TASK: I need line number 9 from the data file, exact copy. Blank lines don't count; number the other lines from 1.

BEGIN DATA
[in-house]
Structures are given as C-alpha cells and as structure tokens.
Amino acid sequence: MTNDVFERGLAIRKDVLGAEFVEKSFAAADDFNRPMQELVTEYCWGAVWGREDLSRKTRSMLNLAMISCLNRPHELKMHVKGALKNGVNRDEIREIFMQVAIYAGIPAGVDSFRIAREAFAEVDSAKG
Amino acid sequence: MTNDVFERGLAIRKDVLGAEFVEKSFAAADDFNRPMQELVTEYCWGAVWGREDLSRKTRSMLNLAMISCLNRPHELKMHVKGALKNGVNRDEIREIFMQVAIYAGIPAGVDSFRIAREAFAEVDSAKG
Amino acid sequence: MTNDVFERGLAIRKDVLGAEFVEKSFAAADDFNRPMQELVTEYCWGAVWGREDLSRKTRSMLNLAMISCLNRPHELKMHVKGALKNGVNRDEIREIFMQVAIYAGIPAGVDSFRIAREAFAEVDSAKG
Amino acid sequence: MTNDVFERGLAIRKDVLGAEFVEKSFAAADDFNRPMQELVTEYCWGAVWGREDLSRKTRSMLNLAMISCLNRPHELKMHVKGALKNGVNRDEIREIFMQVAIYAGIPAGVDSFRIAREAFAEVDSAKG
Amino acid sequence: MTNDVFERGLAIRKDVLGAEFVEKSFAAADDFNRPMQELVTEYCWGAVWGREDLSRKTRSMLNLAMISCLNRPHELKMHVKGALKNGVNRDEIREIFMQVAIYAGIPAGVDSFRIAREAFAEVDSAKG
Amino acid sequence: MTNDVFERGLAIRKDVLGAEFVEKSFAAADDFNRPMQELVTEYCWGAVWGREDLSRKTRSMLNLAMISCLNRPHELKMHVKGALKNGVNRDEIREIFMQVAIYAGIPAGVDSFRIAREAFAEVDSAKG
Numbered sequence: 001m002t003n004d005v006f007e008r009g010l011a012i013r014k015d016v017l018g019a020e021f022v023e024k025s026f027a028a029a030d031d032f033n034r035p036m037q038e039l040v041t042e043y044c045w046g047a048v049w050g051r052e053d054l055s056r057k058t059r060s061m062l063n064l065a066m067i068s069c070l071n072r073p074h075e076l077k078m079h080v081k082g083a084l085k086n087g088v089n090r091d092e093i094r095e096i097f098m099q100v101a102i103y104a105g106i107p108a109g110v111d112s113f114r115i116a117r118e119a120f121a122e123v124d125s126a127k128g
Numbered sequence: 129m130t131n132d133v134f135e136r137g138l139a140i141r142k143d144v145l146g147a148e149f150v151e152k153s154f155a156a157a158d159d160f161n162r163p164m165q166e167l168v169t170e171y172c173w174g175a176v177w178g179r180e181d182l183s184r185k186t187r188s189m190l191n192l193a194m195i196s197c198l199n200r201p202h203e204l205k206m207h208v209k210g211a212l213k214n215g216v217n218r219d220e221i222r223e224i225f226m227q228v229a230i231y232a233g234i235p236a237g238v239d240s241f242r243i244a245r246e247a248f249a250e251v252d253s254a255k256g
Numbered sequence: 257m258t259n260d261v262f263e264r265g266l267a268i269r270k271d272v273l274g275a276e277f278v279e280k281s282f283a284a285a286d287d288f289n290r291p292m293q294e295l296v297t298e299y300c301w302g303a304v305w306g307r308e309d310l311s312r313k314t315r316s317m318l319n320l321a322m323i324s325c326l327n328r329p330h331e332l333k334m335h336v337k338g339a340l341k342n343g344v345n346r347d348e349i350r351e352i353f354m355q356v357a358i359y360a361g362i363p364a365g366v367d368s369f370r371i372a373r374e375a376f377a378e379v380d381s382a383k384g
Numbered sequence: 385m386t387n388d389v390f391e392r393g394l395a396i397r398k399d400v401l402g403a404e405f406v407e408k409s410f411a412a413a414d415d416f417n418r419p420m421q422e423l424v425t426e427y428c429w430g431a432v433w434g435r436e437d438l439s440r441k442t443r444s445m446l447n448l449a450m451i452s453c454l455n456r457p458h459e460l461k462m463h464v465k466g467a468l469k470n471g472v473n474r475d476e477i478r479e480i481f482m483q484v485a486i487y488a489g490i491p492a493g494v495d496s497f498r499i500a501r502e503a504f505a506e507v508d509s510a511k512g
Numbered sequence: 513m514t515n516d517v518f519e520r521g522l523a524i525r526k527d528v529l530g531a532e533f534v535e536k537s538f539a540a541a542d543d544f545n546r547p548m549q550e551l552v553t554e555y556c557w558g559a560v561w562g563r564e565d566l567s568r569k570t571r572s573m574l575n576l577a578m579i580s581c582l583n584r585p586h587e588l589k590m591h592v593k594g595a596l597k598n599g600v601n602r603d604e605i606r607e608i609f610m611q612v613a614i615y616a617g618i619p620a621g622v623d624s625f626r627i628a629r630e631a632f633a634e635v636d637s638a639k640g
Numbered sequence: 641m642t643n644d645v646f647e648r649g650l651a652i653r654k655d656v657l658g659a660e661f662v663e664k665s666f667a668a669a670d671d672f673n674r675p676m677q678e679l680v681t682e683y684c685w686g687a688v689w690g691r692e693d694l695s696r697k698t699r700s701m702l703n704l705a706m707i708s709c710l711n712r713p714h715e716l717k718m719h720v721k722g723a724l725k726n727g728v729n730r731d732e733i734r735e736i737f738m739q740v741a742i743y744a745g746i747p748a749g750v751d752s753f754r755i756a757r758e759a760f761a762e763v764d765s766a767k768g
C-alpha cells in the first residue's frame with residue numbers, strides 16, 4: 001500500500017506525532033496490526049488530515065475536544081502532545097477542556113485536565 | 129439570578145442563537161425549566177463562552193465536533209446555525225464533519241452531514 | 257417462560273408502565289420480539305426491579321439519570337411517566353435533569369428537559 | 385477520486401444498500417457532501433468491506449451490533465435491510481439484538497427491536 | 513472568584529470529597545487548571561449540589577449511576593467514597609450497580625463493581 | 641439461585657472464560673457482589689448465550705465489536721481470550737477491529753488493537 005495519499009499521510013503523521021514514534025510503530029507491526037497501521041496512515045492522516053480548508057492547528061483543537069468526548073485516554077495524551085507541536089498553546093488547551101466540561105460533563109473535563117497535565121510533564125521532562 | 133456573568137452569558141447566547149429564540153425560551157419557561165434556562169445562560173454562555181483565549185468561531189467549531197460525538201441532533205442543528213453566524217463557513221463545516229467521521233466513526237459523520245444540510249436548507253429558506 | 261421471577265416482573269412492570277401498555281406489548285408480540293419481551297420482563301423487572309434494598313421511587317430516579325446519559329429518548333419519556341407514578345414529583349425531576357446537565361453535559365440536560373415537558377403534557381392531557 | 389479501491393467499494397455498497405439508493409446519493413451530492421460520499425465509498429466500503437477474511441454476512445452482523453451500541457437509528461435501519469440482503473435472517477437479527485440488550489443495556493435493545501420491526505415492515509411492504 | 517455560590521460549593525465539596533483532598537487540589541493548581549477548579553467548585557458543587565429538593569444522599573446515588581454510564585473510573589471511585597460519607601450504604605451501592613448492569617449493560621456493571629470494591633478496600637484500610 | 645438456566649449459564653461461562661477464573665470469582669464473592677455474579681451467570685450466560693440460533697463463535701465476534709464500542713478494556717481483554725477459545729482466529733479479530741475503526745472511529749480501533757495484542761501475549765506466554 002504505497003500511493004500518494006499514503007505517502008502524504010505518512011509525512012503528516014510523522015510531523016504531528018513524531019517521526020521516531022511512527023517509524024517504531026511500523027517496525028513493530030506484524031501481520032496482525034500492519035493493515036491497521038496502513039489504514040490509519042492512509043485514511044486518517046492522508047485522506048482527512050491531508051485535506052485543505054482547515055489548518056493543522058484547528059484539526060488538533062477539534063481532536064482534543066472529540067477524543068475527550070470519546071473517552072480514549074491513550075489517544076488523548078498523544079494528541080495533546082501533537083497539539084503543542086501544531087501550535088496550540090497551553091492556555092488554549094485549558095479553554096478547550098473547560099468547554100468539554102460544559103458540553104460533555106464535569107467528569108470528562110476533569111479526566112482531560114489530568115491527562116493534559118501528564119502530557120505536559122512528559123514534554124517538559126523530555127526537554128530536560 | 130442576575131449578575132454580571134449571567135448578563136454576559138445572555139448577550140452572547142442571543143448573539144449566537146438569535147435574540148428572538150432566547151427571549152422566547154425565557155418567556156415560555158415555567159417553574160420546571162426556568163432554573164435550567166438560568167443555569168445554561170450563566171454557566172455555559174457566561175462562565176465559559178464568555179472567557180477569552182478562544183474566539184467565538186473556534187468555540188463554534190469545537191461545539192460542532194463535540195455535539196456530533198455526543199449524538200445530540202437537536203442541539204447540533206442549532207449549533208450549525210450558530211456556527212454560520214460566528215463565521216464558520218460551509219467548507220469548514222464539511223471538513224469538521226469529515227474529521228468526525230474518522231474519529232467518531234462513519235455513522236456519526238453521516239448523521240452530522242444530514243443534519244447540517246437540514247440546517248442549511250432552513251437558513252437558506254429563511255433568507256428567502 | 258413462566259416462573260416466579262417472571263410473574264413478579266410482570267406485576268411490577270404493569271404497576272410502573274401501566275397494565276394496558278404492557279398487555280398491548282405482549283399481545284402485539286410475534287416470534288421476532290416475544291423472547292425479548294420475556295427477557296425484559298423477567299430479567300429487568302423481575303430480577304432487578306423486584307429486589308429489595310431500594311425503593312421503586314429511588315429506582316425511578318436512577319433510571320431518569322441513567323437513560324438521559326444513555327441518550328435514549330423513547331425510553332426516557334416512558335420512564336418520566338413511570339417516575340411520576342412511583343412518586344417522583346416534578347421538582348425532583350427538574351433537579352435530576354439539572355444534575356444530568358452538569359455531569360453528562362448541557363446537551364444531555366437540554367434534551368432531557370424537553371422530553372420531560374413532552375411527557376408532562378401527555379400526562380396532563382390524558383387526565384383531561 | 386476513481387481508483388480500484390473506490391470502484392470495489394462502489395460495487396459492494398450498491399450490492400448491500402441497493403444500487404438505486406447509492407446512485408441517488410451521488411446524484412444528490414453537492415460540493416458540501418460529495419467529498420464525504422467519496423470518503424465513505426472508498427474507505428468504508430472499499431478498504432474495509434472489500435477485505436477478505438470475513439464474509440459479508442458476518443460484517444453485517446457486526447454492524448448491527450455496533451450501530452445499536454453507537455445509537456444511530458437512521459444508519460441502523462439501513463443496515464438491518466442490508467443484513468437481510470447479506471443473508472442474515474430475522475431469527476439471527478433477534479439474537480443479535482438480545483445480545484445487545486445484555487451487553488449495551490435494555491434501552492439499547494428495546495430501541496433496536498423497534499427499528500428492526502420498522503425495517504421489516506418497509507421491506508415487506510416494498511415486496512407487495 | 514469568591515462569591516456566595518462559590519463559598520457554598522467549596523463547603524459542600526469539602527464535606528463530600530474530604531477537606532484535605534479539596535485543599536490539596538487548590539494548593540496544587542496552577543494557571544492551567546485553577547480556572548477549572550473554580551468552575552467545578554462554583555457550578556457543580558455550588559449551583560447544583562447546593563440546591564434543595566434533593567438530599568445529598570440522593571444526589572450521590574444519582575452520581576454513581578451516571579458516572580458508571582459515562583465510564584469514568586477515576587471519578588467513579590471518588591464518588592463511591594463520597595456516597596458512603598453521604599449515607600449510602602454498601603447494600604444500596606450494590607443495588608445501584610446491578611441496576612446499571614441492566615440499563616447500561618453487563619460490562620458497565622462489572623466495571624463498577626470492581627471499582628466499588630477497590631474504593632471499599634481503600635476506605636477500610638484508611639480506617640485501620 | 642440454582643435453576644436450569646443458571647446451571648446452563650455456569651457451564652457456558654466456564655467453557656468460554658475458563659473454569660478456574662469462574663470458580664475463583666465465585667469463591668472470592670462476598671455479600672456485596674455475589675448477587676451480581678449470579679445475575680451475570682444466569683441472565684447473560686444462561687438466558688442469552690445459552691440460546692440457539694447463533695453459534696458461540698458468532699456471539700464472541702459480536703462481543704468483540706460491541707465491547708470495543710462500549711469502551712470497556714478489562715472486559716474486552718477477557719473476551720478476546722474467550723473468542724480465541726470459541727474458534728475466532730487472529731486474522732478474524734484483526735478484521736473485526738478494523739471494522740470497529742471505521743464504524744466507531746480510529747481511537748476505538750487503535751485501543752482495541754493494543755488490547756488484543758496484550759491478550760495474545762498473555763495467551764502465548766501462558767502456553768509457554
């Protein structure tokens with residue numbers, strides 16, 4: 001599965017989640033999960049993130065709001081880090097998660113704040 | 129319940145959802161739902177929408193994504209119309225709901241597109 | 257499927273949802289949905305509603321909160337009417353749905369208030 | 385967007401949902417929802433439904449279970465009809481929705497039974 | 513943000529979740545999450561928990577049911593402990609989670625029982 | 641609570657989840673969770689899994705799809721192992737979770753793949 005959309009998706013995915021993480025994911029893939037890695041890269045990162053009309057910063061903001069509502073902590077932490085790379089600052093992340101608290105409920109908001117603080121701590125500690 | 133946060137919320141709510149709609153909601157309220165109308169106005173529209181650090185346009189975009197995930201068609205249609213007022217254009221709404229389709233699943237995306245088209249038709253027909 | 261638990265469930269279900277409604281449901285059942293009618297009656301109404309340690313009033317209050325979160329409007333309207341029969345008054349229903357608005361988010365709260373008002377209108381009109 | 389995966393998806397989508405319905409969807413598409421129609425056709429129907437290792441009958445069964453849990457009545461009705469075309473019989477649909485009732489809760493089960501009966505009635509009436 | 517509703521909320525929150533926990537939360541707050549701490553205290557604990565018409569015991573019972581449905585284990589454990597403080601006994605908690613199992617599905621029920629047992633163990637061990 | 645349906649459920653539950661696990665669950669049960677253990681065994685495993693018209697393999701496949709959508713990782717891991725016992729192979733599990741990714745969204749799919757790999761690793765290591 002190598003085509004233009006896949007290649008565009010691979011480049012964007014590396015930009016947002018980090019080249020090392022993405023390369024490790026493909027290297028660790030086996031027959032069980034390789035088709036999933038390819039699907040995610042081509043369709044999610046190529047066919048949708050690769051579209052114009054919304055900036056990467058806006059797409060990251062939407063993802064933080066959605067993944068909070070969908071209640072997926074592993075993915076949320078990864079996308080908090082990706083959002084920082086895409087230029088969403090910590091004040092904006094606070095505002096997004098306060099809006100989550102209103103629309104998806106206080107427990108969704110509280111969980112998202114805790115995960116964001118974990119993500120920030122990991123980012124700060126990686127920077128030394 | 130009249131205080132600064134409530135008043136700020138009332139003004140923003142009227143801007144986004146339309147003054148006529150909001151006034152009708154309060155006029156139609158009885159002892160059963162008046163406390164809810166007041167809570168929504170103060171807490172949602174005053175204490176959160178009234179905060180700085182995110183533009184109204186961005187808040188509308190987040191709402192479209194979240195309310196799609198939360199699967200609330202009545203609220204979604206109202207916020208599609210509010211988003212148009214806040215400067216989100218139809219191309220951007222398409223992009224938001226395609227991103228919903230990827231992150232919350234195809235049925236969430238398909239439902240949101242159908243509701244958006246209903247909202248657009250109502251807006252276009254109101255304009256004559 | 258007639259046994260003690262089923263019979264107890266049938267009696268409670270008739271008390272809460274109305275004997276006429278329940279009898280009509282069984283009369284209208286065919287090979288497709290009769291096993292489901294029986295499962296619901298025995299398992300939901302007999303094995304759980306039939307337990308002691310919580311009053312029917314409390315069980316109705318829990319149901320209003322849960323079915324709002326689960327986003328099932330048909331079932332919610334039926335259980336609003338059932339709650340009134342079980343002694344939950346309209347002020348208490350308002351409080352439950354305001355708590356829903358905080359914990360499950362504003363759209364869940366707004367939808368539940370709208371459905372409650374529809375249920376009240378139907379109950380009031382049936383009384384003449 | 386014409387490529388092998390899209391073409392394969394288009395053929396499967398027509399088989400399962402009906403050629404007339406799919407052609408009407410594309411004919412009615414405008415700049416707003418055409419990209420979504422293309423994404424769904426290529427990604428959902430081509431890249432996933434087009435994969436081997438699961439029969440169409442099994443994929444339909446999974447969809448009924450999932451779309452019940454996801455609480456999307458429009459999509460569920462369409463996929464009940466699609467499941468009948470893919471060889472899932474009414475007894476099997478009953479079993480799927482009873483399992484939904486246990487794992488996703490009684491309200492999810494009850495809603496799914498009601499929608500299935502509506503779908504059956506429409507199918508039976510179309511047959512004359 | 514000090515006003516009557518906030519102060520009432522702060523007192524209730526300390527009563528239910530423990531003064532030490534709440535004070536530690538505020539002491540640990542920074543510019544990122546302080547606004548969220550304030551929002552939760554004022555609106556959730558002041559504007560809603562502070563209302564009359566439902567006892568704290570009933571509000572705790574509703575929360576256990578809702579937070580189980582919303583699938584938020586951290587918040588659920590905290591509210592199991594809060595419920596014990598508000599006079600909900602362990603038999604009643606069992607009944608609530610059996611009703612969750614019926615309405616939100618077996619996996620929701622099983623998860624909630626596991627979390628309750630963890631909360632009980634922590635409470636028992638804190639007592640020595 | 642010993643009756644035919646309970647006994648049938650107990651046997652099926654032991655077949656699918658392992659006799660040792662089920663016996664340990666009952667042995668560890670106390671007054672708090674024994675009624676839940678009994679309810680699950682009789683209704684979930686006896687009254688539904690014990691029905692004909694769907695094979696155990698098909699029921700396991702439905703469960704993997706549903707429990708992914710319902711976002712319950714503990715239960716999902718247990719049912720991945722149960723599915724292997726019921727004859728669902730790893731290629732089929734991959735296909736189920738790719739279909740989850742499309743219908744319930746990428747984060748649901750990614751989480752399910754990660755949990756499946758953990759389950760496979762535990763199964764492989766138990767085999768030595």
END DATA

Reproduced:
Numbered sequence: 001m002t003n004d005v006f007e008r009g010l011a012i013r014k015d016v017l018g019a020e021f022v023e024k025s026f027a028a029a030d031d032f033n034r035p036m037q038e039l040v041t042e043y044c045w046g047a048v049w050g051r052e053d054l055s056r057k058t059r060s061m062l063n064l065a066m067i068s069c070l071n072r073p074h075e076l077k078m079h080v081k082g083a084l085k086n087g088v089n090r091d092e093i094r095e096i097f098m099q100v101a102i103y104a105g106i107p108a109g110v111d112s113f114r115i116a117r118e119a120f121a122e123v124d125s126a127k128g